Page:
The Court today announces a measured approach that fully implements the requirements of the Right to Bail Clause of our Constitution while at the same time honoring and adhering to the presumption of innocence. To obtain pre-trial detention without bail of a person charged with murder or treason, the State need only show that the accused more likely than not commit-ted the charged crime. Only if the State cannot make this minimal showing may the trial court establish monetary bail or other conditions of pre-trial release. I am convinced that the standard established today represents a proper understanding and application of the Indiana Constitution's Right to Bail Clause, and I thus concur.
Massa, J [at pp. 34-37 of 39] I agree with the majority insofar as it affirms the trial court’s decision to deny Fry bail, but I dissent from the majority holding that Ind. Code § 35-33-8-2(b) is unconstitutional. While I agree with Justice Rucker and join in his dissent, I write separately to reaffirm and support this Court’s past precedent and its long-standing adherence to an originalist interpretation of our state constitution. * * *
The language of the Constitution, the convention debates, and the judicial and legislative history all demonstrate the purpose behind the murder bail provision. The framers specifically excluded those charged with murder or treason from the possibility of bail in most cases because of the seriousness of those crimes. They feared that if a defendant were admitted to bail, he may flee rather than face a judge or jury. Thus, only those defendants who could show they were likely innocent—who could show the proof of guilt was not evident nor the presumption strong—should be let to bail. While my colleagues may disagree with that policy, it is what the framers intended and what the Constitution says, and we are bound to uphold it until such time as the citizens of Indiana see fit to amend it.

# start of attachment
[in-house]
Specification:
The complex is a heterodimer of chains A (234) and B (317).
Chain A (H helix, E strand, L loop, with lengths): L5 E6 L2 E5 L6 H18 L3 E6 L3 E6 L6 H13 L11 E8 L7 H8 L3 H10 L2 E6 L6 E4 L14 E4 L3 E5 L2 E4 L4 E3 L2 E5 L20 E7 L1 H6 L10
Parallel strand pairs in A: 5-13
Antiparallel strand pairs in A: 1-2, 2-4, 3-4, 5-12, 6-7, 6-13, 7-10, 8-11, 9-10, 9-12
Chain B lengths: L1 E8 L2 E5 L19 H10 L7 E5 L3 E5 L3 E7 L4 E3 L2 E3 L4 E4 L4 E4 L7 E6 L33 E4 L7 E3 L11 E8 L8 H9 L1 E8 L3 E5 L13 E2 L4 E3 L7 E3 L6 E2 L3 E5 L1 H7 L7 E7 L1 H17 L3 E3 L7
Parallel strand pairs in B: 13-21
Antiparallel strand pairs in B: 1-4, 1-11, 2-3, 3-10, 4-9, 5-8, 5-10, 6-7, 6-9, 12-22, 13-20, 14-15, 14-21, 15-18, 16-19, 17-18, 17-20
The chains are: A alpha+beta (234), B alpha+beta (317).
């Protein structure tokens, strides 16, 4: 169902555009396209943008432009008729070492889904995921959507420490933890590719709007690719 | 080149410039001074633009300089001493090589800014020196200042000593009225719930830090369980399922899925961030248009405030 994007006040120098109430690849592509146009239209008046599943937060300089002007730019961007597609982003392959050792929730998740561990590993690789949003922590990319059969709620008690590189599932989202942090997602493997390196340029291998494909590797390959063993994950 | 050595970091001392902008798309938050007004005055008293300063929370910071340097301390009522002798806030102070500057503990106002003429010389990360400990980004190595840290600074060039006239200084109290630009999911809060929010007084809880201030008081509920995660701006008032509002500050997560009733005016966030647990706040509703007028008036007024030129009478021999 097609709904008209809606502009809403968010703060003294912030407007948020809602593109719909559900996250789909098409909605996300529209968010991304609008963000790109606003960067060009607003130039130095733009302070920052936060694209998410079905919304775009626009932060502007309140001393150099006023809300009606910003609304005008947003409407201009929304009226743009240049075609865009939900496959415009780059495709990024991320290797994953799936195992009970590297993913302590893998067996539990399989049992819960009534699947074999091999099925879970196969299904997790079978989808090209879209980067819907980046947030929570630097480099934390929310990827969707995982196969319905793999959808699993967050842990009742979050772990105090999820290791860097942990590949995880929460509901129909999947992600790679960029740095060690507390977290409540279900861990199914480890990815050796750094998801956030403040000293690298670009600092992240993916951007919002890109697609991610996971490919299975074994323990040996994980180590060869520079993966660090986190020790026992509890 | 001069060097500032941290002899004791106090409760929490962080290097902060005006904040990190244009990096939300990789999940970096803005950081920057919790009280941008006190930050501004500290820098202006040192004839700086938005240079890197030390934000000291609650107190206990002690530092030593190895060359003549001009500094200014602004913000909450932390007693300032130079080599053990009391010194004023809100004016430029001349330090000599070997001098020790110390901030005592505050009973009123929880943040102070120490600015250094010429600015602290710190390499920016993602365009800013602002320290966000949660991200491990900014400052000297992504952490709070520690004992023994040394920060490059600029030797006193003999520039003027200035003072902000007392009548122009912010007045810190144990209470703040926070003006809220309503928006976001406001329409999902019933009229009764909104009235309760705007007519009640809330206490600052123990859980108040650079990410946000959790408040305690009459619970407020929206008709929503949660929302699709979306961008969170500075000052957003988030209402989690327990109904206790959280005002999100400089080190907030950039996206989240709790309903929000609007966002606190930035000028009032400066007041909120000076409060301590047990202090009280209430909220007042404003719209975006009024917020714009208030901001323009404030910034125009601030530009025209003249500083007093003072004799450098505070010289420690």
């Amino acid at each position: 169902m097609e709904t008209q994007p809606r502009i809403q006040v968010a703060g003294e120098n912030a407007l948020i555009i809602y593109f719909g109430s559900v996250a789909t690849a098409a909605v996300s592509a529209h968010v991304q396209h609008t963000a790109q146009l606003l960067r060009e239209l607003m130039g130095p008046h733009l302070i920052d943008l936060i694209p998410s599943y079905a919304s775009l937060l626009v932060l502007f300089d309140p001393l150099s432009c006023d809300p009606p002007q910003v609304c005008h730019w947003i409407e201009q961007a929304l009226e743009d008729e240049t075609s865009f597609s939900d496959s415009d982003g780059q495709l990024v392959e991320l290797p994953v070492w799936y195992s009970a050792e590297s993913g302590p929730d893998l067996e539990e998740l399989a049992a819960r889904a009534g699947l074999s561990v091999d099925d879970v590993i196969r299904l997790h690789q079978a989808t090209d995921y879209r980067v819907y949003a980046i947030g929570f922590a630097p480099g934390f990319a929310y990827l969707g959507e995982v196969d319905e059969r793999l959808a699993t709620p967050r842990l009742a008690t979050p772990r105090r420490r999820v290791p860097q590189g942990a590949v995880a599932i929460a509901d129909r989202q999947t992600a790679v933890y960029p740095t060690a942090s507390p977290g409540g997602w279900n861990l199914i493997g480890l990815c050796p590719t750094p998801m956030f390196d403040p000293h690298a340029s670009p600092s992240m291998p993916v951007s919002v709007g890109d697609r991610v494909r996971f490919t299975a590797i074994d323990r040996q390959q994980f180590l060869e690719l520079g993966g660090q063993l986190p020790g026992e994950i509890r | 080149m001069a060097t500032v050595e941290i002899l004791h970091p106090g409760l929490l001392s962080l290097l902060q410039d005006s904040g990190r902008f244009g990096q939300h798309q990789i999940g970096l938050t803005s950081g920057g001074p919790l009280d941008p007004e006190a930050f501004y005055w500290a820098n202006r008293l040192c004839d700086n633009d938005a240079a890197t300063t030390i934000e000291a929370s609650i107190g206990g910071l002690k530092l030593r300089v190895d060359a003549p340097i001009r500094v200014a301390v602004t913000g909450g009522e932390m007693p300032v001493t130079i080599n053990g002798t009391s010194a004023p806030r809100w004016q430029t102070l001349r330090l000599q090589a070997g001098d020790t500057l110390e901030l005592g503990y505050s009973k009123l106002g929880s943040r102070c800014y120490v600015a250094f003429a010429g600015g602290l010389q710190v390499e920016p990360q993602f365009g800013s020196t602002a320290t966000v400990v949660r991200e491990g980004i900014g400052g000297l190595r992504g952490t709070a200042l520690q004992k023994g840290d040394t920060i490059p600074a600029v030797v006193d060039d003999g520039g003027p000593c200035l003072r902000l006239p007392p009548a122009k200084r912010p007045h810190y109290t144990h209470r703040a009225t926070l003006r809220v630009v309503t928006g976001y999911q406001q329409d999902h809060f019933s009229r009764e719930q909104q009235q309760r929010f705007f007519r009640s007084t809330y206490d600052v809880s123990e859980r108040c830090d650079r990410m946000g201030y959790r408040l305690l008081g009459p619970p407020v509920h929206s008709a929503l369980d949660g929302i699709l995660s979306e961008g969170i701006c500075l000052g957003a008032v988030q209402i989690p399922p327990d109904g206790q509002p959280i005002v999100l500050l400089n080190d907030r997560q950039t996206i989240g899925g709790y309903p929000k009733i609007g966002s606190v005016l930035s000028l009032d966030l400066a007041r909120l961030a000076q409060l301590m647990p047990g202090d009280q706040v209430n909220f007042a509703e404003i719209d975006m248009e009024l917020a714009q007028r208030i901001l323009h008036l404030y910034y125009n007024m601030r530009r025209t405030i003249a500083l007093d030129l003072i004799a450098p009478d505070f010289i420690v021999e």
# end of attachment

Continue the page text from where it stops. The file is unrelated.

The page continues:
Rucker, J [at pp. 38-39 of 39] In one fell swoop, today the Court overrules nearly 150 years of precedent and declares a 30-year-old statute unconstitutional. Because I am not prepared to go that far, I respectfully dissent.
First, the Court need not address the constitutional issue at all. Whatever may be said of the statutory burden of proof, the trial court in this case imposed upon the State the burden of establishing that Fry should be denied bail. And the trial court determined that the State carried its burden. The record supports the trial court’s judgment, which this Court correctly affirms. In my view that should be the end of the matter. We need not inquire any further.
As for the merits, I applaud Justice David’s scholarly research and in-depth analysis. But for ill or good, this State has charted a course different from that of some other jurisdictions. * * *
In any event we need not overrule existing precedent or declare the bail statute unconstitutional in the journey to chart a different course. Instead, again if a proper case were before us, then I would be in favor of harmonizing the statute in a way to uphold its constitutionality, and in the process distinguish rather than overrule existing precedent. This can be accomplished in my view by continuing to read the statute as imposing on the defendant “the burden of proof that he should be admitted to bail.” Ind. Code § 35-33-8-2(b). But clarifying that this burden does not come into play until after the State first introduces evidence demonstrating “more likely than not,” slip op. at 26, that the proof of the defendant’s guilt is evident or the presumption of guilt strong. In essence, we would accomplish the same end result the majority reaches today, but without the collateral consequences.
Posted by Marcia Oddi on June 25, 2013 10:26 AM
Posted to Ind. Sup.Ct. Decisions